The Four Sonatas for Violin and Piano – in E flat, Op.11/1; in D, Op.11/2; in E; in C
Nobilissima visione – Meditation [transcribed by the composer for violin & piano]
Tanja Becker-Bender (violin) & Péter Nagy (piano)
Recorded November 2012 in Jesus-Christus-Kirche, Berlin
Reviewed by: Ben Hogwood
Reviewed: December 2013
CD No: HYPERION CDA68014
Duration: 57 minutes
Few if any twentieth-century composers wrote for as many different instruments as Paul Hindemith, yet recordings of his chamber music perhaps understandably tend towards that of his own instrument, the viola. Yet Hindemith was a more than competent violinist, too – it was his first instrument before he took up the viola – and this valuable Hyperion release bolsters the marking of the 50th-anniversary of his death (he passed away on 28 December 1963) with accomplished performances of his four Violin Sonatas.
Two of them, those published as Opus 11, are relatively early and date from 1918. At this point Brahms was a prominent figure for Hindemith, as was César Franck, and the influence of the former can be found particularly in the touching second theme of the D major Sonata’s middle movement, not to mention the bracing unisons of the main idea of the E flat work, which is even more obviously Brahmsian in its harmony and melodic trajectory, a Romantic and passionate declaration that is especially well realised here.
The short, 10-minute, E major Sonata dates from 1936, by which time Hindemith was subjected to a broadcasting ban on his music. The work is curiously structured in two movements, and the distracted start suggests Hindemith had other things on his mind when writing it. There is an underlying serenity but there are troubled thoughts on the edges too, which come more to the fore in the deeply felt second movement, where Tanja Becker-Bender is fuller of tone.
The C major Sonata brings a bracing and invigorating opening, violin and piano in a unison melody that sets the tone for the whole work. This is in many ways a celebration of freedom, Hindemith having moved from Germany to Switzerland, and it makes the most powerful impact of the four Sonatas. The unusually contemplative beginning to the second movement has an openness not previously found in these works. Becker-Bender plays with a sweet, lyrical tone, while Péter Nagy offers thoughtful punctuation. Meanwhile the closing fugue is an unexpectedly intense affair, far indeed from the academic approach often assumed to emanate from this composer. The emphatic finish portrays something of the unexpected triumph Hindemith must have felt on arriving in a country that would accept him.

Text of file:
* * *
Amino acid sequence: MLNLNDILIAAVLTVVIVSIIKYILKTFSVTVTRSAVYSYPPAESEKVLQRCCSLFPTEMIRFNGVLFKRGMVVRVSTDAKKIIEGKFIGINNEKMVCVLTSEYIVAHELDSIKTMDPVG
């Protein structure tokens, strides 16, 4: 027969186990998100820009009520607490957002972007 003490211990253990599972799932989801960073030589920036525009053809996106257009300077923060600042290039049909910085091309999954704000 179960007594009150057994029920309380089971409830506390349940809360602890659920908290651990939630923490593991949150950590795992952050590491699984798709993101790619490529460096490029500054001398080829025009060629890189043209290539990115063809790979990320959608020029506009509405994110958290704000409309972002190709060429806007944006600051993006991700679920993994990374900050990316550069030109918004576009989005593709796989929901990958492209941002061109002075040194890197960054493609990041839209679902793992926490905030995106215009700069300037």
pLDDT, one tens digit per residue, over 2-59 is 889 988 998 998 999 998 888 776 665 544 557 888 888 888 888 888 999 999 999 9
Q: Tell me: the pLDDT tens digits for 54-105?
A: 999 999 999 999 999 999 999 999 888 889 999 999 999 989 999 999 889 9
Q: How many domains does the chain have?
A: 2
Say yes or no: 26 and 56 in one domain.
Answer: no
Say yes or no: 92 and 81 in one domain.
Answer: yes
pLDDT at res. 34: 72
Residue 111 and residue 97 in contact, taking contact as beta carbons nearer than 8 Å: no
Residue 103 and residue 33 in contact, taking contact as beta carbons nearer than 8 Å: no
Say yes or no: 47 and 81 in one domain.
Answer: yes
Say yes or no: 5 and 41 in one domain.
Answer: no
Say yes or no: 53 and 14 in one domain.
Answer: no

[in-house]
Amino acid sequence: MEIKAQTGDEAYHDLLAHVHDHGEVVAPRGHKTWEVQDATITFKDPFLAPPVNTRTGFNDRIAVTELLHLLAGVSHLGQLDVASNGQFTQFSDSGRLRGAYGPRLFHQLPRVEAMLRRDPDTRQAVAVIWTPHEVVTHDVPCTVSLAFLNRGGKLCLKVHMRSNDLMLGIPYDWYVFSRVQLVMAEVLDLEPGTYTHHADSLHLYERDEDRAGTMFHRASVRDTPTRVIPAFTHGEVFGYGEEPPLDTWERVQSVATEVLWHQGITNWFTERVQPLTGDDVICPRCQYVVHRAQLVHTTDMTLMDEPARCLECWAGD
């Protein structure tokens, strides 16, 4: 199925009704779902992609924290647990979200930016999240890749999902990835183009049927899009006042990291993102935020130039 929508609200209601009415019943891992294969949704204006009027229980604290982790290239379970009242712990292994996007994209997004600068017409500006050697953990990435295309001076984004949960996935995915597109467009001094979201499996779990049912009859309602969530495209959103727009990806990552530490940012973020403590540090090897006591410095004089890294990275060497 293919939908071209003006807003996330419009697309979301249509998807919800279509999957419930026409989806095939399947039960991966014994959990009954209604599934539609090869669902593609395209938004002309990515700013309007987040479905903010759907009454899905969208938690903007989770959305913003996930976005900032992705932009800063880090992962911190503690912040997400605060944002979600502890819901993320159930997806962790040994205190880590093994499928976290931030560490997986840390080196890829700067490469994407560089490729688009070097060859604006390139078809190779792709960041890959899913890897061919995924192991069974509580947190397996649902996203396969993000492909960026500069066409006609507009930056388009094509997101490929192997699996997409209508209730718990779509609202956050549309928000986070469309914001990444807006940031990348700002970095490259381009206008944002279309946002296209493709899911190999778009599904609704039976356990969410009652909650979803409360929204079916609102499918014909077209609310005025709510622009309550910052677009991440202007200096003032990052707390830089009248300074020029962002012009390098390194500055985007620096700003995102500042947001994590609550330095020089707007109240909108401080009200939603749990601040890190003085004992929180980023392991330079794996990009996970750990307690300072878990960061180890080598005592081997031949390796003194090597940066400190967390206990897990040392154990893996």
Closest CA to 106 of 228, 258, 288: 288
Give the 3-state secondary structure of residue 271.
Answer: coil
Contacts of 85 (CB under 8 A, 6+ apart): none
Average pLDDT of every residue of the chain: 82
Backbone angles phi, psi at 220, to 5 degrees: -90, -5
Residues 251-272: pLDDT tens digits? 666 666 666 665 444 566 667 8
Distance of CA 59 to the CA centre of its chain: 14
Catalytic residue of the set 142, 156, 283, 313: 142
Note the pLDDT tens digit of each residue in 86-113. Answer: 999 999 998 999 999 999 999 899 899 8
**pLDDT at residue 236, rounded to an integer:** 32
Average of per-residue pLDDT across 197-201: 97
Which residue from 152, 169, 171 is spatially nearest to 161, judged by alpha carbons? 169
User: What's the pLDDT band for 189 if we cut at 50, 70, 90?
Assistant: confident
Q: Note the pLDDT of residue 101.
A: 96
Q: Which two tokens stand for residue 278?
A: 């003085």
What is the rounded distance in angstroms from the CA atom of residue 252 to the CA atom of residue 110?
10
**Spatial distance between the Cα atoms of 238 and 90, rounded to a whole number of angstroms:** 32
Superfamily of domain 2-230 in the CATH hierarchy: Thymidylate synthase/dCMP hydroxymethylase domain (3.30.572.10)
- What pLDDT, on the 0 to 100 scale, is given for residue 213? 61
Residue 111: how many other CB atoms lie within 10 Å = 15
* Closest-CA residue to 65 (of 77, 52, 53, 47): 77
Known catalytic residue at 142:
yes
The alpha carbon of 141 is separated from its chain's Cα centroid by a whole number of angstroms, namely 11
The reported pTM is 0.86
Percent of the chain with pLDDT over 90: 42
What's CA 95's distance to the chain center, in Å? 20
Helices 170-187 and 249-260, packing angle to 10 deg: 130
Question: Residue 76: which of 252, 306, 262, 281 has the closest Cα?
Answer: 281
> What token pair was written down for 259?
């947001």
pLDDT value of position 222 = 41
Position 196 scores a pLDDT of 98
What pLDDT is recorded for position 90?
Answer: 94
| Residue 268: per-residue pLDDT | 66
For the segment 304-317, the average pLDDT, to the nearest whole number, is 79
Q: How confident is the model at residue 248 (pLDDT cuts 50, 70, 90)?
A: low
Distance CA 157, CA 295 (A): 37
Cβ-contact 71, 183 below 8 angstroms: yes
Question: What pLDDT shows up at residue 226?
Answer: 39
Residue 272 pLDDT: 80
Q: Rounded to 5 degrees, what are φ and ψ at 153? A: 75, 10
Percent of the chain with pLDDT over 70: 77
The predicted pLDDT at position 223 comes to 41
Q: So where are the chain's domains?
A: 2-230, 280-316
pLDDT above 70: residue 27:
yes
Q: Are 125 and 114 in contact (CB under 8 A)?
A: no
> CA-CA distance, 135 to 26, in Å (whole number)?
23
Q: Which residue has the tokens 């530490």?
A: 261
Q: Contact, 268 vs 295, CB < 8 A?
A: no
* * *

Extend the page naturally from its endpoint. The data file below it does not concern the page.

An appropriate encore can be found in the ‘Meditation’ from Hindemith’s vastly underrated ballet score Nobilissima Visione, completed in 1937. Though this transcribes even more effectively for viola and piano, Becker-Bender and Nagy give a warmly expressive account of the violin version that Hindemith made the following year.
Overall these are insightful and communicative performances, flouting the notion that Hindemith’s music lacks emotion or energy. In fact, the opposite is altogether truer! These readings are complemented by an extremely informative booklet note from Malcolm MacDonald that helpfully places the music in a political context – which with Hindemith is doubly important.
Hyperion has already issued Hindemith’s Viola Sonatas with Lawrence Power. Could this company now consider an excursion into the wide range of other such works that Hindemith wrote for instruments such as the tuba, cor anglais and viola d’amore … which would be very welcome.